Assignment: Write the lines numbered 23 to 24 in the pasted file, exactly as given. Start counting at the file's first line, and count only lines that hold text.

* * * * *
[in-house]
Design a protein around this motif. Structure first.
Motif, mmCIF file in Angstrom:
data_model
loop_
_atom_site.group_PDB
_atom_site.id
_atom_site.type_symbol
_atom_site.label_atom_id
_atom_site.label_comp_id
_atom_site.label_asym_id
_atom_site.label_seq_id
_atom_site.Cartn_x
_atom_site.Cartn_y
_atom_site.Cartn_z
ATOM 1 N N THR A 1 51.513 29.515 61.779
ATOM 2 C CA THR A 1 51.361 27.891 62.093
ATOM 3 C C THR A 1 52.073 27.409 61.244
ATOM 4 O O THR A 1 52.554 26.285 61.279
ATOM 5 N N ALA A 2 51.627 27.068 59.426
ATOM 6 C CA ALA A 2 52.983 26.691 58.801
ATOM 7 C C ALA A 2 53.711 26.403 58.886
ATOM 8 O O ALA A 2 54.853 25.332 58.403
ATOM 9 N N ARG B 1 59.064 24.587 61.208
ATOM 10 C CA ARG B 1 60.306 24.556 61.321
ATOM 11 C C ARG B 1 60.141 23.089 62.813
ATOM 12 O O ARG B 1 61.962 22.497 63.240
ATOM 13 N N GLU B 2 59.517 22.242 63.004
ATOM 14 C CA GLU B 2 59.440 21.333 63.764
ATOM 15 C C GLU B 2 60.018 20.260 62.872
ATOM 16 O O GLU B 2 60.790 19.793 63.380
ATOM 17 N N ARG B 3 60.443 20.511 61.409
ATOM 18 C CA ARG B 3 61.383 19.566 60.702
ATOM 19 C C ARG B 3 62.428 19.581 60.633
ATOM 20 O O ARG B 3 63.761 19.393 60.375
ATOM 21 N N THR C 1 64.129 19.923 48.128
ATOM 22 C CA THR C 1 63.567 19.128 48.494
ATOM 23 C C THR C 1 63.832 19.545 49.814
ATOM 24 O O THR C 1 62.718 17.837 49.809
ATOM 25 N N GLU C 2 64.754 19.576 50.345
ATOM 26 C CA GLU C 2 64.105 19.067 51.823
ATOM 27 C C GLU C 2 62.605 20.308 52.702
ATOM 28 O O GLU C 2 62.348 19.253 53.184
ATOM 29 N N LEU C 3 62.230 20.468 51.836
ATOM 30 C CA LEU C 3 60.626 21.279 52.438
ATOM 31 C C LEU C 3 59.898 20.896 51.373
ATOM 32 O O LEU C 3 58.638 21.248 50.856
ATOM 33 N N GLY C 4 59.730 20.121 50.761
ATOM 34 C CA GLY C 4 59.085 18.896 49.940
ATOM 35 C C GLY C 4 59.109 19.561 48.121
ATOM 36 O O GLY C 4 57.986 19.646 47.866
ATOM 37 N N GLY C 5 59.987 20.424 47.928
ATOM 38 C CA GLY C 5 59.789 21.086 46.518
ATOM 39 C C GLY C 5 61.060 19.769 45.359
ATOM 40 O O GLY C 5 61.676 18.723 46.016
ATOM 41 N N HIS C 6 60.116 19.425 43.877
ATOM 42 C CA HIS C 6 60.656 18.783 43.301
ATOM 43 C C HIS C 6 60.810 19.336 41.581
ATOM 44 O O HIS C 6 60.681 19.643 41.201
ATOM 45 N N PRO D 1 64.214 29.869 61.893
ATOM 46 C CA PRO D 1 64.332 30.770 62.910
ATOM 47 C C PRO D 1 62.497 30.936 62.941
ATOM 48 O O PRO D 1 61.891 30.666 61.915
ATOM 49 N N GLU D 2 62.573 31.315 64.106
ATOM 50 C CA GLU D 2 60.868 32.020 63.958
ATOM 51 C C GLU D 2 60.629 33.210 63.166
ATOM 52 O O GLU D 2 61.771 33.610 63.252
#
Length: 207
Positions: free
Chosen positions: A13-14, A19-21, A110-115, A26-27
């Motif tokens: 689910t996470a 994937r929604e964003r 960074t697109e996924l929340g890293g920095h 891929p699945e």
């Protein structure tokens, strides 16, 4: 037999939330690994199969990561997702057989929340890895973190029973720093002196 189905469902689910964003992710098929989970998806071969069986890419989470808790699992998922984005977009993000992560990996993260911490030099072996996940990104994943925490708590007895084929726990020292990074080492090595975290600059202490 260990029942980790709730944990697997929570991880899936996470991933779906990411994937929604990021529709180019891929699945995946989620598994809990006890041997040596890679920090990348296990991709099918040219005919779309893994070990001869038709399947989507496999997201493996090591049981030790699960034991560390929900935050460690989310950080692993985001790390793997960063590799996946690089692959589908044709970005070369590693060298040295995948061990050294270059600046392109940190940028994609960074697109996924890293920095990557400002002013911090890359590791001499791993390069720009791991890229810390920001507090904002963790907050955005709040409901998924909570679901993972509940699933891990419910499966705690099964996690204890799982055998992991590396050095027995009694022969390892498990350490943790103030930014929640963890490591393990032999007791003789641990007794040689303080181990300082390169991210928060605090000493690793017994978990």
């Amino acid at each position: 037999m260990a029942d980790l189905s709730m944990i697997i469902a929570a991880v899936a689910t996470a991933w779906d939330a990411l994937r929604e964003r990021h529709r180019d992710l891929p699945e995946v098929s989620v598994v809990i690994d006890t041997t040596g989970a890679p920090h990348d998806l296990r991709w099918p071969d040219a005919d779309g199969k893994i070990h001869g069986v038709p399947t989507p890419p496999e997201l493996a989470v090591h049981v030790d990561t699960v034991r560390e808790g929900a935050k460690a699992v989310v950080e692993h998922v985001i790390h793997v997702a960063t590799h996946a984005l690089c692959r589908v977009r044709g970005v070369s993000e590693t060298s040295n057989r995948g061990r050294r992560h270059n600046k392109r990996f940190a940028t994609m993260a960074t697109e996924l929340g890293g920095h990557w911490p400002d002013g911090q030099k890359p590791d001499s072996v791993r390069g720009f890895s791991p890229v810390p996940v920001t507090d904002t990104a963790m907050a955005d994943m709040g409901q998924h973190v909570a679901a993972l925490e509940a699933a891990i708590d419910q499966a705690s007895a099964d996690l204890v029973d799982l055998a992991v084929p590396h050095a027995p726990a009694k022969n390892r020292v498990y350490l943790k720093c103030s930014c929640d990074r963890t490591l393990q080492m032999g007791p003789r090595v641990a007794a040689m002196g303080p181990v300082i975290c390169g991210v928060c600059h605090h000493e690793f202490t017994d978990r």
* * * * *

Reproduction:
ATOM 8 O O ALA A 2 54.853 25.332 58.403
ATOM 9 N N ARG B 1 59.064 24.587 61.208